Wastewater Discharge Into Streams can Lead to Rapid Antibiotic Resistance, Bacterial Infections and Disease
Discharges from wastewater treatment plants (WWTPs) may be a major contributor to the evolution of antibiotic resistance in the wild, according to a study partially funded by the European Regional Development Fund.
Bacteria naturally possess an intrinsic resistance to toxic chemicals, including antibiotics, and new resistance may also develop naturally through mutation. But scientists agree that widespread overuse of antibiotics has rapidly accelerated the evolution of antibiotic resistance, by killing off bacteria without resistance and strongly favoring those that possess it to pass their genes on to future generations. The process has been further accelerated by a bacterial ability known as “horizontal gene transfer,” which allows bacteria to swap genes with each other, even between different species.
Drug resistance four times more common downstream
It has been known for some time that humans and other animals treated with antibiotics do not metabolize the entire drug, and that a biologically significant amount then passes back into the environment along with their waste. These trace amounts of chemicals cannot be removed by WWTPs. In the new study, the researchers sought to test whether – as many scientists have proposed – this can actually lead to the spread of antibiotic resistance among bacteria later exposed to this treated wastewater.
The study was performed in Spain’s Tordera River Basin, which receives input from WWTPs and numerous, well-separated locations. Researchers collected bacterial samples from “river biofilms,” the layers of microbial slime that form on rocks, plants and other surfaces within rivers. These samples were then tested for the presence of genes conferring resistance to major families of antibiotics commonly used in human medicine, including fluoroquinolones, macrolides and sulfonamides.
The researchers found that WWTPs were responsible for several changes to the natural characteristics of the four streams tested. Downstream of WWTPs, the stream flow, water conductivity, nitrogen content and phosphorus content of the water was higher, relative to samples collected upstream. In addition, there was a significantly higher prevalence of antibiotic-resistant genes in samples taken downstream of WWTPs. For example, a gene conferring resistance to the popular antibiotic was four times more prevalent in downstream biofilms than in upstream ones.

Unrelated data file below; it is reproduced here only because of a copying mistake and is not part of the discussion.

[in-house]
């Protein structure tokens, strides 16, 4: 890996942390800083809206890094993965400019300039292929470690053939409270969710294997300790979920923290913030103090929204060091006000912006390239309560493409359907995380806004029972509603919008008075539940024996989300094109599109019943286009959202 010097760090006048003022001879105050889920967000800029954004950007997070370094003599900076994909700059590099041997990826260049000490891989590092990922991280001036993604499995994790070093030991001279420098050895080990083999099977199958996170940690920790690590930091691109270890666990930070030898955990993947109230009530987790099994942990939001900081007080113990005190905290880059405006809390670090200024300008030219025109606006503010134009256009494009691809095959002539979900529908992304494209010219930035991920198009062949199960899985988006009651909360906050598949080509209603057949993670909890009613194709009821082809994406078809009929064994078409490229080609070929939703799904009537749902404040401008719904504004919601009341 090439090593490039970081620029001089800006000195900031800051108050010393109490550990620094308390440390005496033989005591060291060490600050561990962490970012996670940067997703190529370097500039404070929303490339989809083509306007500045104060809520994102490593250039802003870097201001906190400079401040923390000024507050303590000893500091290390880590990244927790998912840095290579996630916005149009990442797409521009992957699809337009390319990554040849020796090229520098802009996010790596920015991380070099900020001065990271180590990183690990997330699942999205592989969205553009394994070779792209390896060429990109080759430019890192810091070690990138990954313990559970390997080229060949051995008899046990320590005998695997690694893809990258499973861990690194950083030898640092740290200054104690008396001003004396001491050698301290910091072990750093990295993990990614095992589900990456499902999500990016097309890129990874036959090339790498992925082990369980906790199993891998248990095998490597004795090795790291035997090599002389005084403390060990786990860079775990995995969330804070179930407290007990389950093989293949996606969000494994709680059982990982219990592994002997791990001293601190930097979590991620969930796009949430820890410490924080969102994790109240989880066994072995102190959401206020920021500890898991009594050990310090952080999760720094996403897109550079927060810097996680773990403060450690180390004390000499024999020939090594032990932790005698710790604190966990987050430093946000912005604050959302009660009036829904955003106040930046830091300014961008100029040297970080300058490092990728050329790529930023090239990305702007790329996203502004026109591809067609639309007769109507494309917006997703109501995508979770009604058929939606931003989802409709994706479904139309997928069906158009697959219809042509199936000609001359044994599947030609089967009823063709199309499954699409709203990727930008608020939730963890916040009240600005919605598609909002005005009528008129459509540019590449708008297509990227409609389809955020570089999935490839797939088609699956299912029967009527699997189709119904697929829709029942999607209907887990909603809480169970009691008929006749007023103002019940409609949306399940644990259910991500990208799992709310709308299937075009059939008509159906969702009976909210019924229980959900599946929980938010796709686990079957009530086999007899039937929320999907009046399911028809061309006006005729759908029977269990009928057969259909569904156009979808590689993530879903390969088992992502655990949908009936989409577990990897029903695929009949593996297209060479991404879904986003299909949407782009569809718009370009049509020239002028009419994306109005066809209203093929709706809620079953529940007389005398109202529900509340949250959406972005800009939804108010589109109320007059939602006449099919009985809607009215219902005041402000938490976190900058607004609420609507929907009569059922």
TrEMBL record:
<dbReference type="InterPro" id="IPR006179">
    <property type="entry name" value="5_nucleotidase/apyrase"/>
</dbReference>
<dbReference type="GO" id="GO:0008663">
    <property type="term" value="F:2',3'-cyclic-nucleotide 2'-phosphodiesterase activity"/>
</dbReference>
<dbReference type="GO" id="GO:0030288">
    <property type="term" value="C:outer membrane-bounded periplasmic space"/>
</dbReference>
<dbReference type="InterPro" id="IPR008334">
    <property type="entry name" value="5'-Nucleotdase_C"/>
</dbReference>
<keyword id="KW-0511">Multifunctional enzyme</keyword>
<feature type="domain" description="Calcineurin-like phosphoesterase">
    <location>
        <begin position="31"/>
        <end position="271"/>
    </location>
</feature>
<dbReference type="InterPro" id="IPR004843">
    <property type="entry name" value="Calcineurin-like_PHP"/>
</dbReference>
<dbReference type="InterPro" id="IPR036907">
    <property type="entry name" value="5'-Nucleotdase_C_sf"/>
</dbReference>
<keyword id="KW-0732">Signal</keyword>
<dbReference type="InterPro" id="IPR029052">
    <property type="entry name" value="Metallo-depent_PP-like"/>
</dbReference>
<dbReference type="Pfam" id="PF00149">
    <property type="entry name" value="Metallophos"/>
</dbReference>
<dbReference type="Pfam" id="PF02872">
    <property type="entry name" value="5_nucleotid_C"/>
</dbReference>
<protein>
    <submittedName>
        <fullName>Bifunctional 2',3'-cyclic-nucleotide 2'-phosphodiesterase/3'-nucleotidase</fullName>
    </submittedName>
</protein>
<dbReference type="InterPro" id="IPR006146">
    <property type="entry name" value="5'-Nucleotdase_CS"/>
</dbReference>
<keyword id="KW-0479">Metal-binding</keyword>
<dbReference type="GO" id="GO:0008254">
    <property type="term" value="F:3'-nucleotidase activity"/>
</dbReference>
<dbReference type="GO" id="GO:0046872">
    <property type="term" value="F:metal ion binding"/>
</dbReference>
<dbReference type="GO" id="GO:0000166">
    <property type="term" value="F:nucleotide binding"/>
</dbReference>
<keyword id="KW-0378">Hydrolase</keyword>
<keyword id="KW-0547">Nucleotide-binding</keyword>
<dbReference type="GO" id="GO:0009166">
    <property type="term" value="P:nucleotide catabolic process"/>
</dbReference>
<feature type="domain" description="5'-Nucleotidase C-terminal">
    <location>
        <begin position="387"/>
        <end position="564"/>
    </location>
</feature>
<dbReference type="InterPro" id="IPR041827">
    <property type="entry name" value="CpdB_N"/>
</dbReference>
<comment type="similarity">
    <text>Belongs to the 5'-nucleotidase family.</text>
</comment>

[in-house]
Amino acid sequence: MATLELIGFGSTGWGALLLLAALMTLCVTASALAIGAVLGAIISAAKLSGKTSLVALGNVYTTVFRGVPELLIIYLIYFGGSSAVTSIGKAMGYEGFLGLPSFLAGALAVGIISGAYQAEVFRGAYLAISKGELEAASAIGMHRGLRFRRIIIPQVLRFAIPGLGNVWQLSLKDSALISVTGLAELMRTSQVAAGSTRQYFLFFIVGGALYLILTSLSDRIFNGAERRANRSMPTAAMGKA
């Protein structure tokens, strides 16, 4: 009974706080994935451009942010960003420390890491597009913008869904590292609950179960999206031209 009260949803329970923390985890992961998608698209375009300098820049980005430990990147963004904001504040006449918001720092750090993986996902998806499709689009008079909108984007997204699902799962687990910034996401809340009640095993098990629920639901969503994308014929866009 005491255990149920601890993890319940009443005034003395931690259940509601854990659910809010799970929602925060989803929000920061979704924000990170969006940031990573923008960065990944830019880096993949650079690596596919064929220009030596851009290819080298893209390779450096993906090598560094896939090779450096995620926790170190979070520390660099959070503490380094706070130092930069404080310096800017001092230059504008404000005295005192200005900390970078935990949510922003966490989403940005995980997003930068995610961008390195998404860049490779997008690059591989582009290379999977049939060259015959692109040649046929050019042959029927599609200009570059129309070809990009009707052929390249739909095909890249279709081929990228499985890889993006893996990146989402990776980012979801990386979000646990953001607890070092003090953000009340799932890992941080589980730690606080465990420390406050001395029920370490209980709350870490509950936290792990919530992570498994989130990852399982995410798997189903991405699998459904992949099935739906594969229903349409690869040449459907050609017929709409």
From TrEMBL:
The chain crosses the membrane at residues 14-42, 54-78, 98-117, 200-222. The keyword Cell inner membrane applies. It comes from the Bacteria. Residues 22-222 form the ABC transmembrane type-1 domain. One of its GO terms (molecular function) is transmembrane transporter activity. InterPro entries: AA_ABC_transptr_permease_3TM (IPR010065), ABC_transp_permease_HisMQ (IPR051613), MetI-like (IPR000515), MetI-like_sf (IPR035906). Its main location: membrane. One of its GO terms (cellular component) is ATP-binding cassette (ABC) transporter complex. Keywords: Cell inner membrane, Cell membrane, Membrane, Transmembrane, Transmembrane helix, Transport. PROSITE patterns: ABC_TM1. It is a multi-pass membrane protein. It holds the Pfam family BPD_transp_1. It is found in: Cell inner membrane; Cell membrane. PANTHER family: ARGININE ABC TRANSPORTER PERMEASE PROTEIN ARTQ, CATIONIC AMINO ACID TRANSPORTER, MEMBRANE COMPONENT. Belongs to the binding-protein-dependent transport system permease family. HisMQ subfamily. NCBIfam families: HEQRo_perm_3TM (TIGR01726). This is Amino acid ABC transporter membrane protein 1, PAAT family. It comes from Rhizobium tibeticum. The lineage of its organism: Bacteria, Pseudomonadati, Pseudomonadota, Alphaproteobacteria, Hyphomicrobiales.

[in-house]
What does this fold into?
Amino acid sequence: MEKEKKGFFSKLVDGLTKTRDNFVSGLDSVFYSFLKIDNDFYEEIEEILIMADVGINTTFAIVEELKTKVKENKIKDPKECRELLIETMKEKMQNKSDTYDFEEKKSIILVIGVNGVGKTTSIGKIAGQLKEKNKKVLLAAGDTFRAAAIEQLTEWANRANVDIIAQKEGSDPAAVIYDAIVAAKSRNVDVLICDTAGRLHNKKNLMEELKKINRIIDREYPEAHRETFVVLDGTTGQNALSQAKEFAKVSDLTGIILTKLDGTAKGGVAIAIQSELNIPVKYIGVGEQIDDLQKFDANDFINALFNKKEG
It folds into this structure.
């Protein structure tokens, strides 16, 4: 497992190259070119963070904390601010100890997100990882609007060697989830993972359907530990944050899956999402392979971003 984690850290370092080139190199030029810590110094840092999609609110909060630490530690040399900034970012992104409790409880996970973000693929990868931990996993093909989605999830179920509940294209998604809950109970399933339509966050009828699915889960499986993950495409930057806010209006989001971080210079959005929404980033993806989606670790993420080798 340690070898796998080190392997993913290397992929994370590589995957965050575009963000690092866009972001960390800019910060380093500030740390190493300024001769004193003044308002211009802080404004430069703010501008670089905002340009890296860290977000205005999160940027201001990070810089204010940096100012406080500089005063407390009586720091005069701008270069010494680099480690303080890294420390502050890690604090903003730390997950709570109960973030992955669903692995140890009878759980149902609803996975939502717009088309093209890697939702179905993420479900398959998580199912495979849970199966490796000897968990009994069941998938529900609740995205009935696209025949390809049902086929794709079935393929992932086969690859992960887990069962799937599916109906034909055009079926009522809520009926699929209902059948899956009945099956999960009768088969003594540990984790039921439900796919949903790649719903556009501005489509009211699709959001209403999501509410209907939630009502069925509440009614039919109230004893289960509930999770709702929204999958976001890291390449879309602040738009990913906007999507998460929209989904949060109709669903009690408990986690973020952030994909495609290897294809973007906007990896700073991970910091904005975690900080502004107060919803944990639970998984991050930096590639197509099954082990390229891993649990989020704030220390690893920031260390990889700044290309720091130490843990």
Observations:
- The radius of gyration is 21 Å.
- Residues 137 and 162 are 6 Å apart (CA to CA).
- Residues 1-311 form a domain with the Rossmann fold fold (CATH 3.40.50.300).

Antibiotic resistance genes were found at elevated levels as far as 1 km downstream of WWTPs. This could indicate that drug-resistant bacteria are actually being discharged from the WWTPs and floating downstream. It might also mean that a high concentration of antibiotics in discharged wastewater is causing the evolution of drug-resistant bacteria downstream of WWTPs, with those bacteria and their genes then spreading downstream from that point. Alternatively, there might be additional sources of wastewater discharge downstream of the WWTPs that the researchers were not aware of.
Environmental laws inadequate
A press release from the Environment Directorate General of the European Commission draws attention to several implications of the findings. First, the press release emphasizes the key finding of the study: that discharges from WWTPs are likely contributing to the accelerated evolution of antibiotic resistant bacteria. It also notes that some of this evolution may be taking place within river biofilms themselves, which may provide an ideal setting for horizontal gene transfer. The authors also suggest that river biofilms could be further studied as honest indicators of pharmaceutical pollution in surface water ecosystems.
The press release notes that wastewater discharges might, in some cases, raise antibiotic levels above the established environmental quality standard (EQS) set by the European Union, and that in such a case, member states would be responsible for lowering those levels. WWTP discharges might cause other changes in streams requiring member state action.
But, the press release notes, EQS are set solely based on levels of chemicals that cause acute poisoning. They do not take into account the specific threat posed by antibiotics, that of accelerating the evolution of drug resistance.
The press release notes that a change in the laws regulating antibiotic levels in water may be called for.
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